LAKE PLACID, N.Y. -- Twenty New York Army National Guard Soldiers will spend the weekend of Jan 9-10 going fast on America's only dedicated bobsled track.

The Soldiers, members of Company B, 2nd Battalion, 108th Infantry Regiment, will be serving as brakemen for professional drivers from NASCAR and the National Hot Rod Association (NHRA), who will be competing against each other.

It's the third time that New York National Guardsmen have been part of the bobsled teams competing in the Geoff Bodine Bobsled Challenge.

The race, organized by former NASCAR champion Geoff Bodine, the winner of the 1986 Indy 500, is held to raise money to support the Bo-Dyne Bobsled Project Inc. The Bo-Dyne project is an effort by Bodine and race-car designer Bob Cuneo of Chassis Dynamics in Oxford, Conn. to create made-in-America bobsleds for the United States men's and women's national bobsled teams.

This will be the fifth year for the race, held at the Mount Van Hoevenberg Sports Complex where the 1980 Winter Olympics bobsled racing took place. The almost mile-long track incorporates 20 turns and bobsled speeds can reach almost 100 miles an hour. U.S. Olympians train at the track regularly.

Getting the Army National Guard involved was Bodine's idea.

"As a son of a WWII veteran and a former Army National Guardsmen, I thought we needed some brave people to ride with these drivers and there's no braver folks than our men and women in the U.S. military," Bodine said during the 2009 race.

In 2006, Bodine approached U.S Bobsled National Team Coach Bill Tavares, who is also a 26-year veteran of the Army National Guard, about bringing the Guard into the nationally televised event.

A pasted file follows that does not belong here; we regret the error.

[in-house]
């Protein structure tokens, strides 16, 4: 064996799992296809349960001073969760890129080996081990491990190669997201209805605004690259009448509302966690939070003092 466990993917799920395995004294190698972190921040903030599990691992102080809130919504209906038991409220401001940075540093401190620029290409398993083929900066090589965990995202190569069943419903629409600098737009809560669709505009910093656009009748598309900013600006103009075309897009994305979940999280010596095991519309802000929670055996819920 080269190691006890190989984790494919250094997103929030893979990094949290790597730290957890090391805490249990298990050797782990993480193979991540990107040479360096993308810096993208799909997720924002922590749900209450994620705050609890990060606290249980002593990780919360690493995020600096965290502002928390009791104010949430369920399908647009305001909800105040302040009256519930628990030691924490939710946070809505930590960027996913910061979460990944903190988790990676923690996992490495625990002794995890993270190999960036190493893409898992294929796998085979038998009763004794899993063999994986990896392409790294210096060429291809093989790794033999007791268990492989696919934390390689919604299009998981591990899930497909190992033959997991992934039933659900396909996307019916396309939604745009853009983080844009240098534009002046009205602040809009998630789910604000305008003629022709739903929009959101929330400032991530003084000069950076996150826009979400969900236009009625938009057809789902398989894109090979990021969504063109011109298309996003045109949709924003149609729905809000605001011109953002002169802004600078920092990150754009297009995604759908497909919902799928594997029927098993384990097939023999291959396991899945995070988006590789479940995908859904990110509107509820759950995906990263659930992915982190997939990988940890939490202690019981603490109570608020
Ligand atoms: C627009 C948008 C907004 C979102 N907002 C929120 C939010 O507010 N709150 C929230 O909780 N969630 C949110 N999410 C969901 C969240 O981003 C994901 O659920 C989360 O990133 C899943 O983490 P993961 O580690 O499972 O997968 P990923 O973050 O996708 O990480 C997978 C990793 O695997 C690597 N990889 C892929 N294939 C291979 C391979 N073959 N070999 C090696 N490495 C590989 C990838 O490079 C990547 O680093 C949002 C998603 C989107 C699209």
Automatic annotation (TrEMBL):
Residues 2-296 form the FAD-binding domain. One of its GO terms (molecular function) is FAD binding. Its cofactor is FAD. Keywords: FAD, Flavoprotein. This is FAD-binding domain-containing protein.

"I approached the unit in nearby Saranac Lake to see if I could get them to come over," Tavares said. From there, the request was routed through regional recruiters and the Guard was officially on board."

In the first year, Iraq veterans and their families were invited to the event. In other years, National Guard recruits and combat veterans have served as brakemen, helping to launch and stop the sleds.

"For the participants, it was a once-in-a-lifetime experience and the coverage the Guard receives is," said Major David Palmieri, the organizer of the National Guard's 2009 effort.

The racers like having the Guardsmen participate. "I think they're crazy," said NASCAR driver and former bobsledder Boris Said, during the 2009 race. "I think it's probably safer in Iraq than it is getting into the back of a bobsled with us."

Today the New York Army National Guard's Recruiting Command still organizes Guard participation in the race.

This year's race NCOIC is Sgt. Dwayne White, who is based at the New York State Armory in Morrisonville. He reached out to members of Company B who drill at the armory to participate in this year's event.

Along with Guardsmen serving as brakemen-the rider responsible for dropping the metal hook that digs into the ice to slow the sled-White will have a team of recruiters at the event.

The recruiting exhibit will include a replica of the #88 National Guard Card driven by Dale Earnhardt Jr. and a National Guard Indy car simulator that allows a visitor to experience the thrills of racing through video and sound.